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At the bottom of the screen are the new states of Warrior and Noble. At the bottom of the screen are the newly-named states of Warrior and Noble.

On tourism website, Guerrero becomes Warrior and Tulum is Jumpsuit

Machine translation makes a mess of Mexico's flagship tourism website

Interested in a Mexican holiday? Why not head for the beaches of Warrior or spend a few days checking out the magical towns in the state of Noble.

Huh?

There’s a good reason why you’re probably confused. There’s no such place as Warrior in Mexico and the last time I checked Noble wasn’t one of the country’s 31 states (32 if you count Mexico City, which has state-like status).

But according to Mexico’s flagship tourism website, both Warrior and Noble are indeed Mexican states. So where are these states?

Warrior, Spanish speakers might have guessed, is a Pacific coast state in the south of the country (far more) commonly known as Guerrero, while Noble is in fact the central Mexican state of Hidalgo.

So why does Visit México – which is back up after apparently being taken down in late July for lack of payment – refer to Guerrero as Warrior and Hidalgo as Noble.

The problem appears to be that the site uses a translation plugin to automatically convert Spanish-language content to English, yielding some less than desirable yet humorous results.

Guerrero, home to the resort city of Acapulco and the silver town of Taxco, becomes Warrior (the literal translation) and Hidalgo, home to six Pueblos Mágicos including the Cornwall-like Real del Monte, becomes Noble.

The fun doesn’t end there. Progreso, the Gulf of Mexico beach town north of Mérida, is of course Progress; Torreón, a city in Coahuila, is Turret; and Aculco, a town in México state, is, wait for it — I blame!

That (poorly rendered English) name apparently comes from the Spanish (yo) culpo. I blame the damn plugin!

Villa del Carbón in México state is, or course, Coal Village, while Tulum, the Caribbean coast beach town, is translated into English as Jumpsuit.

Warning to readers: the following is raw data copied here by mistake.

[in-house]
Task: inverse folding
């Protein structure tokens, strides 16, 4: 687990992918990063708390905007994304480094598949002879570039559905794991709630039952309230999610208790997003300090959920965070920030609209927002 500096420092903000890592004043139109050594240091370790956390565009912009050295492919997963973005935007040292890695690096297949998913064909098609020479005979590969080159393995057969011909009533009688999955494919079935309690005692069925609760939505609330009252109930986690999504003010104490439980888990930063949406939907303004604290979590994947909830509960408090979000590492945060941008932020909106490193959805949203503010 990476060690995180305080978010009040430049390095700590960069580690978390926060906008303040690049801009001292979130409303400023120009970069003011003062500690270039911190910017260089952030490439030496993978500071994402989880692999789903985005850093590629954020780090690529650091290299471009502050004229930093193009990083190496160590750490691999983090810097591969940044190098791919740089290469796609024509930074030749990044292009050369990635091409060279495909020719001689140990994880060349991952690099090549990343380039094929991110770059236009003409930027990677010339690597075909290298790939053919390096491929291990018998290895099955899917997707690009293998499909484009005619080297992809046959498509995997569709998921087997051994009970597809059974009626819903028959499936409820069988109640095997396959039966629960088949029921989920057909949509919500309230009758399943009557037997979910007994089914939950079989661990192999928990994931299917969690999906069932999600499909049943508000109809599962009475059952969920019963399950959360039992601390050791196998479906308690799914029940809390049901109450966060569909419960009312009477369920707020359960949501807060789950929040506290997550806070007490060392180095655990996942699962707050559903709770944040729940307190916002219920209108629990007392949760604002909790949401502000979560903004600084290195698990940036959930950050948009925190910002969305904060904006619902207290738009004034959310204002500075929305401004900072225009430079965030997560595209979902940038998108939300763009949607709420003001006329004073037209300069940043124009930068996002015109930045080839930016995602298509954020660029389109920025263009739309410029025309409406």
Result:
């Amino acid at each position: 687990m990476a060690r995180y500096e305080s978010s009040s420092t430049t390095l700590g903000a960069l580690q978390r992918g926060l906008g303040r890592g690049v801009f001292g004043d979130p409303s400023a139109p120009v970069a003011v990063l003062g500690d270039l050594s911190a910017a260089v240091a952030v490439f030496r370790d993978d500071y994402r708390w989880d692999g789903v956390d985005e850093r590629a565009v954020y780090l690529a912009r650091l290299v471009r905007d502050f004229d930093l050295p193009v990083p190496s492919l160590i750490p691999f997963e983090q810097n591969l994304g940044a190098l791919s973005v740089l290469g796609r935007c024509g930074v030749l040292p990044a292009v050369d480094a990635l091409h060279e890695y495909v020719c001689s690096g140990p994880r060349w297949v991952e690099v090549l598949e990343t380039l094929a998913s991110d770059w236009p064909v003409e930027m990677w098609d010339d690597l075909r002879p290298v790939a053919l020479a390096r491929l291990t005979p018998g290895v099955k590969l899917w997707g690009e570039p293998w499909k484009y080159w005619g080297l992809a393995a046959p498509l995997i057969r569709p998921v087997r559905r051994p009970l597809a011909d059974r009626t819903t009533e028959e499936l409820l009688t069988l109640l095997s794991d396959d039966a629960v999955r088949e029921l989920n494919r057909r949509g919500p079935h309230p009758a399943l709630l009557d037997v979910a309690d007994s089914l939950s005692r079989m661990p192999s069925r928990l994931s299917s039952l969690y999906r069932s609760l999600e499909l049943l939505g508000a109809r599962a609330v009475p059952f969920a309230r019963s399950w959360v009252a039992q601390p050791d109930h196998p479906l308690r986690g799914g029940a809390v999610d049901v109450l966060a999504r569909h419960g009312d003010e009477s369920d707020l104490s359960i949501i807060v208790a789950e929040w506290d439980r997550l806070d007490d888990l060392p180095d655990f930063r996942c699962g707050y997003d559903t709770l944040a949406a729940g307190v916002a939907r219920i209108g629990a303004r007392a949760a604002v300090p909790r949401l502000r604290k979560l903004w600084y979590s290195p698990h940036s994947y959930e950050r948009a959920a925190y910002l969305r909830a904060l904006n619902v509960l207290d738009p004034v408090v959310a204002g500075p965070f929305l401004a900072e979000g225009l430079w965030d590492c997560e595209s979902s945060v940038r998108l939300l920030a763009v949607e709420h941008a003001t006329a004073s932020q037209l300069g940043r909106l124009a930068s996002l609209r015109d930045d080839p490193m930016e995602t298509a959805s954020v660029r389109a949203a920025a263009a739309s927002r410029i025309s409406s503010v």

There is such a thing as a Tulum jumpsuit, this writer has just found out, but the translation still seems inexplicable.

Also seemingly inexplicable is that, despite the translation plugin, the northern border city of Piedras Negras is referred to Piedras Negras, not Black Stones, the holiday town Valle de Bravo is not Valley of the Fierce or Valley of the Brave and Oaxaca’s Hierve el Agua, site of two petrified waterfalls, is not listed as Boil the Water.

Puerto Peñasco, also known as “Arizona’s Beach” due to its proximity to the Grand Canyon state, is also referred to as such on Visit México although it’s commonly known in English as Rocky Point.

Among the states whose names could have been given a makeover but weren’t are Nuevo León (New Lion), Aguascalientes (Hot Waters) and Baja California Sur (Lower Southern California).

There could, however, still be some undiscovered joyas, or gems, on the site for anyone with some spare sleuthing time on their hands.

Visit México was relaunched last year with private sector funding but still obviously needs a lot of work. Apart from the amusing translations, the site has a number of glitches — click on some icons and you’ll get “an error occurred” message.

Although its aim is to attract tourists to Mexico, the website seems a little confused right now due to the pandemic.

Click on “Experiences” and you’ll be greeted with a pop-up that reads “Be Responsible #QuedateEnCasa.”

For non-Spanish speakers, that’s #StayAtHome. That’s probably good advice.

Mexico News Daily 

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